VAT) tax nationally. You consume more (and more expensive items) you should pay more.

      Taxes should be basic: You earned / have X wealth. You owe this percent. You owe
      nothing if you earn 1.5 or maybe 2x the poverty level. Period. No separate Social Security
      tax, for example, and no cap on what people should pay. Simple percentages, no
      deductions.

      What I dislike is the notion that government does a good job regulating or managing
      anything. I'd argue we now see that even with regulatory authority, the SEC, Federal
      Reserve, and FDIC were asleep at the switch for the last four or even twelve years
      (depending on what you believe). The idiot who let the savings and loans collapse turns
      out to have been the auditor assigned to IndyMac -- a huge bank that failed. I find that
      absolutely disgusting. I don't trust the feds to protect me.

      Again, even libertarians believe in enforcing contracts, and that would include not lying to
      people when you issue a mortgage. I worked for a huge mortgage company as an
      executive, before returning to education, and quit in disgust. They lied on forms, cheated
      people... I do not tolerate harming people. Rules are necessary, namely contracts and
      financial agreements are key to capitalism. You lie, I should have every right to sue you
      and demand recompense.

      The regulator assigned to us knew what we were doing. The president of the mortgage
      company was a huge political donor to both parties. He wined and dined the regulators,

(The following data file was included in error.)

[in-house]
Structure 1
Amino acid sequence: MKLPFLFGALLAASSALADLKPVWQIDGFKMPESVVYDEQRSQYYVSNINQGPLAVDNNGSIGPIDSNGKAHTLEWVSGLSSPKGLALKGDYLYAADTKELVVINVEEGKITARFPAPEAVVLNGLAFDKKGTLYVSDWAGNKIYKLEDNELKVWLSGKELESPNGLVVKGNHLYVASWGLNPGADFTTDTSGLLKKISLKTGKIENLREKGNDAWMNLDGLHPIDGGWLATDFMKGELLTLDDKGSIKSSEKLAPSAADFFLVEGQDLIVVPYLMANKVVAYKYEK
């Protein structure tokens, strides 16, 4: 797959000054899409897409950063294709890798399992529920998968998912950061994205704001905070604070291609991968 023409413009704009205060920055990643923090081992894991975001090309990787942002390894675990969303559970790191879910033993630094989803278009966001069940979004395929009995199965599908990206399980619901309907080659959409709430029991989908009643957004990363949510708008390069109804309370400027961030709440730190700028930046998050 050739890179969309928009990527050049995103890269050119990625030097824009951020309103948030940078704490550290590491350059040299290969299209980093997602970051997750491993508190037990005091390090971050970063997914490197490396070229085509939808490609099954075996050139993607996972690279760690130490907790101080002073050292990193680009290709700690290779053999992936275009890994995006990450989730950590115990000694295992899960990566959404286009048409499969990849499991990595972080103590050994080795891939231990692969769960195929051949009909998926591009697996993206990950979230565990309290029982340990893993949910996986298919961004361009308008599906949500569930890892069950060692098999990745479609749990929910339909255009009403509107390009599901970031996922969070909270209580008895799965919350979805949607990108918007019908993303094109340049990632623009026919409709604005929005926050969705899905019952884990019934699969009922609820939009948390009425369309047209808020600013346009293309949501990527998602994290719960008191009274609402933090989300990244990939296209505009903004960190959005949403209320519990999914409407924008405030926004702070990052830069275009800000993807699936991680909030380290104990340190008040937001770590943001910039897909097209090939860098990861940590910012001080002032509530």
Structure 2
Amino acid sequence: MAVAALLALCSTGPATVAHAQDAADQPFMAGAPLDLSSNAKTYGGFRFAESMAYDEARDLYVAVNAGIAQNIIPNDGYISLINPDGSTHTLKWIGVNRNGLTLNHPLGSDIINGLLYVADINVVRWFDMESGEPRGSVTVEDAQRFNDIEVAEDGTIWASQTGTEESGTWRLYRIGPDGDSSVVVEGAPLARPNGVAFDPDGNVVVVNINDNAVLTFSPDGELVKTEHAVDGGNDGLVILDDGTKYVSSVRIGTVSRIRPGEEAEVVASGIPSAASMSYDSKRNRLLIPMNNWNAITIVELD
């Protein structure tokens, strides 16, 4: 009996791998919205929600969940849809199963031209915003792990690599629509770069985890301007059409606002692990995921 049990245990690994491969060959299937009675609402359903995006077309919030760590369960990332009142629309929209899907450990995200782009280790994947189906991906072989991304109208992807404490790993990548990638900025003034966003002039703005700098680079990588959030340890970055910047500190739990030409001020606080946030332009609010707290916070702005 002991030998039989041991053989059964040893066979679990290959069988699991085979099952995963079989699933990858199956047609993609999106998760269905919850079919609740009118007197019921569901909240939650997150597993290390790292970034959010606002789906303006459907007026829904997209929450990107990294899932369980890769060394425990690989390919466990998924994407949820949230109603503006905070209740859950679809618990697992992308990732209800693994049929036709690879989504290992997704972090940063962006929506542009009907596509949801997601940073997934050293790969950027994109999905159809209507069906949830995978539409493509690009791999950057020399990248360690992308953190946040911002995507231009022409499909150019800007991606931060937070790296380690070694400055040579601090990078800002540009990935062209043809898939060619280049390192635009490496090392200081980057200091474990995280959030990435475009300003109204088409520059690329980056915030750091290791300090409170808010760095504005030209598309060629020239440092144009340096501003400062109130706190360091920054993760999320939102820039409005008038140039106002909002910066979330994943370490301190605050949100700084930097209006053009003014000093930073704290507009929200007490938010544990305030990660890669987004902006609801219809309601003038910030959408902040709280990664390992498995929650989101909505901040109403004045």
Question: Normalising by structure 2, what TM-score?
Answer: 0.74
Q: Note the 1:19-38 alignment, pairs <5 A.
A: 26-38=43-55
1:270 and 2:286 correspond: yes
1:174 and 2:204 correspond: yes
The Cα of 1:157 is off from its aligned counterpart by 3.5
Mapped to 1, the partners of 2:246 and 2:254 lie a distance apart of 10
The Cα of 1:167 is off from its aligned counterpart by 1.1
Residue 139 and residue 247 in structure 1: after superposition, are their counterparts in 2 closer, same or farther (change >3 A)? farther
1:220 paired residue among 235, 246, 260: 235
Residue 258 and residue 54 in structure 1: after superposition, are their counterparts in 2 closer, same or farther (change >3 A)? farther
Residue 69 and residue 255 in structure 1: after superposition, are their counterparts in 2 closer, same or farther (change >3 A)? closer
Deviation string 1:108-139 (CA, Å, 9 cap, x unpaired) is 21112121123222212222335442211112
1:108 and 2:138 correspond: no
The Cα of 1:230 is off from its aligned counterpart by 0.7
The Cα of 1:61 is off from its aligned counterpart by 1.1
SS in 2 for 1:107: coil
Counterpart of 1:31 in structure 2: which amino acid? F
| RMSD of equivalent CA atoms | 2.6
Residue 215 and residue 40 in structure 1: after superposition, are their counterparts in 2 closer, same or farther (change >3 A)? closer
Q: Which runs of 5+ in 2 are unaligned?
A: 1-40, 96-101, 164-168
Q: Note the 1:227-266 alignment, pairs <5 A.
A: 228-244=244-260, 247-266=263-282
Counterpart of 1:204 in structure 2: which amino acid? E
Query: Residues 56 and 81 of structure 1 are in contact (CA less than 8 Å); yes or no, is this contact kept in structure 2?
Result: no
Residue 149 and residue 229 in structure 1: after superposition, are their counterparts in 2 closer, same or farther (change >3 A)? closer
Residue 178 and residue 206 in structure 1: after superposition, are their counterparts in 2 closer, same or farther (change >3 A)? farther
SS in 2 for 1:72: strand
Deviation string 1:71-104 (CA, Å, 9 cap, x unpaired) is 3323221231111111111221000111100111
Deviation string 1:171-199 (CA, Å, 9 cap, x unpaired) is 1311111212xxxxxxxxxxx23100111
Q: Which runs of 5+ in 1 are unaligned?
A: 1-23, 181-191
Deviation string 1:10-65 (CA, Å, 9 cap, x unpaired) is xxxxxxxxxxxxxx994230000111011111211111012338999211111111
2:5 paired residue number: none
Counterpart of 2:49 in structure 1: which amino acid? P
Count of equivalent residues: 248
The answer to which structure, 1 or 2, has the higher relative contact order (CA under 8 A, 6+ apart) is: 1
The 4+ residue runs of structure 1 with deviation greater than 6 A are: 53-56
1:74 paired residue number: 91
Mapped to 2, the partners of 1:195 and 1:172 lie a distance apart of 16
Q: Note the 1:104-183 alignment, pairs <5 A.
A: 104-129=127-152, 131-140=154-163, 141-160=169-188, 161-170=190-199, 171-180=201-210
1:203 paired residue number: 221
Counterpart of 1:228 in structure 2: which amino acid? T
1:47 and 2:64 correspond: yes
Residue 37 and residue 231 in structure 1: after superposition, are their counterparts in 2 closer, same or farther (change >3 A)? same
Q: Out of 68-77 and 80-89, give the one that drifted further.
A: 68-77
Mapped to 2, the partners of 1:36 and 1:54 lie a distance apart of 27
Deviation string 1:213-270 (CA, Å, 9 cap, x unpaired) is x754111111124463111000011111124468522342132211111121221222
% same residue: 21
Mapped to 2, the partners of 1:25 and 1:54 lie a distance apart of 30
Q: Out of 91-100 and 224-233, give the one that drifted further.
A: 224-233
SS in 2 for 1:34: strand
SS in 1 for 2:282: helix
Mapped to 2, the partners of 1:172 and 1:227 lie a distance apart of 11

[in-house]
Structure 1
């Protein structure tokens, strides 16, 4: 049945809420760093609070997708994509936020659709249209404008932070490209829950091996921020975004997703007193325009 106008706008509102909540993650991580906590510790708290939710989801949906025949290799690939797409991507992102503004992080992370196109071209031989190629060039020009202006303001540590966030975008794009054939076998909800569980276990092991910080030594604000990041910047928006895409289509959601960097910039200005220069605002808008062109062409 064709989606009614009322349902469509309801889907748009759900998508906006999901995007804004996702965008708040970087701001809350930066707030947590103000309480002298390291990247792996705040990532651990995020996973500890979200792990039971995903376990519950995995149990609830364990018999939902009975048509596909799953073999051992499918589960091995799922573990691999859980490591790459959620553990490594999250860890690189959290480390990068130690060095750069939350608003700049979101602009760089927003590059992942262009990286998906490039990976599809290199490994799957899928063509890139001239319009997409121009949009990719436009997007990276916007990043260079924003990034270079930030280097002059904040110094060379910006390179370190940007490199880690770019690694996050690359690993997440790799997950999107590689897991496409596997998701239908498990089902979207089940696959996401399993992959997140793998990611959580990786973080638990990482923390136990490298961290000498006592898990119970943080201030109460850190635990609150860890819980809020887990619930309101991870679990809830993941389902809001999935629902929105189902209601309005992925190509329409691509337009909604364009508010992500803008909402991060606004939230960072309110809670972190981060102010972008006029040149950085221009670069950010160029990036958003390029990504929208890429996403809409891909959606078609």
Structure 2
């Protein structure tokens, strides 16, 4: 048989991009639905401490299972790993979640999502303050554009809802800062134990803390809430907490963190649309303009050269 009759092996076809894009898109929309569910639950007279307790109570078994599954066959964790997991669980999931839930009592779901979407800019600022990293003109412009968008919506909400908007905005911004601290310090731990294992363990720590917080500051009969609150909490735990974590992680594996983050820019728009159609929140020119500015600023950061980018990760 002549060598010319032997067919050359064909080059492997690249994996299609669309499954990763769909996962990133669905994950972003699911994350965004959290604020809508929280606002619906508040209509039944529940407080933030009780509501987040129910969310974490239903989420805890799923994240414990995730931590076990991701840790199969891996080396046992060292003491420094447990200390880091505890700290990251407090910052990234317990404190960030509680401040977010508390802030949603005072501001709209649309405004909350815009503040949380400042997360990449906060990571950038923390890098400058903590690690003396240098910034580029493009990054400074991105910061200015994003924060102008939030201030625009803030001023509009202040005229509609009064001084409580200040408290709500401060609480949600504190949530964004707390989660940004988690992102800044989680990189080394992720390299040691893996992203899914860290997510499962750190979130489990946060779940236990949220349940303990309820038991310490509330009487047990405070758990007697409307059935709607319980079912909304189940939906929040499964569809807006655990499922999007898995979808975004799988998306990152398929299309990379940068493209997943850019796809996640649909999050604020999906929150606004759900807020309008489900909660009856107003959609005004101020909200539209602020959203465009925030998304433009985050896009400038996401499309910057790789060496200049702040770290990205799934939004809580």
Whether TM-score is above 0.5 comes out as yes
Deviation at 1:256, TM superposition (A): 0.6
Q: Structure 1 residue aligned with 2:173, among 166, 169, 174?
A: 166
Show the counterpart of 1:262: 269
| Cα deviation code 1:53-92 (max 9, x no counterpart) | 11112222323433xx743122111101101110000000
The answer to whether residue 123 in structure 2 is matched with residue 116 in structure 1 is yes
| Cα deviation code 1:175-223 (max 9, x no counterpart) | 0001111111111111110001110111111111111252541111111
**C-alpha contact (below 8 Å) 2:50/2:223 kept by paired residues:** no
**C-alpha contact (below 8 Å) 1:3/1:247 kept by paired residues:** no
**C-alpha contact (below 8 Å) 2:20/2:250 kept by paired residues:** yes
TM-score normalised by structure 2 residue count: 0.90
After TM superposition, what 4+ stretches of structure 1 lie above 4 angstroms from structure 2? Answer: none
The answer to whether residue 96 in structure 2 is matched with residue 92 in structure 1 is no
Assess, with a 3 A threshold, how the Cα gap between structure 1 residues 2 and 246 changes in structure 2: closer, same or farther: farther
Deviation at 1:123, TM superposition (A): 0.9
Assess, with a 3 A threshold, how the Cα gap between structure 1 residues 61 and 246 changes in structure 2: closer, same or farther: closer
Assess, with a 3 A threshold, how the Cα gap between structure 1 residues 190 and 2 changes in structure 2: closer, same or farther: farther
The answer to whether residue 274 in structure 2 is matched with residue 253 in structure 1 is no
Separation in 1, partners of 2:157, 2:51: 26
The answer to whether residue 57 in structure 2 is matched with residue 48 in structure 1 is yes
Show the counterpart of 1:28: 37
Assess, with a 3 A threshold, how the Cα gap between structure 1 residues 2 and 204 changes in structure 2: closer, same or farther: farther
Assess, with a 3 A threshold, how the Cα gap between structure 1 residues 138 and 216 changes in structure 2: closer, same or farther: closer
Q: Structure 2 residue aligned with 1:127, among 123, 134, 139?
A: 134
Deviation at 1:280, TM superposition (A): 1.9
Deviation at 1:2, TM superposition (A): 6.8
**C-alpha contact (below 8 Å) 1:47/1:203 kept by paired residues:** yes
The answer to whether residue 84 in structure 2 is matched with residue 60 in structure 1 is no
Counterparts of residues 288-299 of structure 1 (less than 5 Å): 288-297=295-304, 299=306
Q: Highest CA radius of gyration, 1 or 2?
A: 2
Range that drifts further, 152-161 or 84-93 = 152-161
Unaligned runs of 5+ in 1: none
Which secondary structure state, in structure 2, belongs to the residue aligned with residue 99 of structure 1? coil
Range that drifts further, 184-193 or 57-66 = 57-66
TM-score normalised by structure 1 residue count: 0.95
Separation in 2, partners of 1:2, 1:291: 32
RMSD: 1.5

playing golf with them and even going sailing. This was in 1996 or 97, I think. We bought
      the right to rob immigrants because they couldn't understand the paperwork. We robbed
      the poor, because they were desperate. And the regulators knew. (Someone *ahem* even
      printed the reports and highlighted the discrepancies for the auditors.)

      Government is not better. The people in power control the money -- often for their own
      interest at the worst of costs for the public.

      Just look at the great job Minnesota does with transportation spending and safety. They
      build a beautiful "bike bridge" costing nearly as much as the new 35W bridge -- while they
      should have been inspecting and fixing our roads. Why? Because James Oberstar wanted a
      bike path and he's in charge of the transportation committee in the House of Reps.

      And you want a "libertarian idea" -- just like Samuelson (sp?) and even Charles
      Krauthammer (sp?) I support a fuel tax of at least another $1/gallon or more. I am more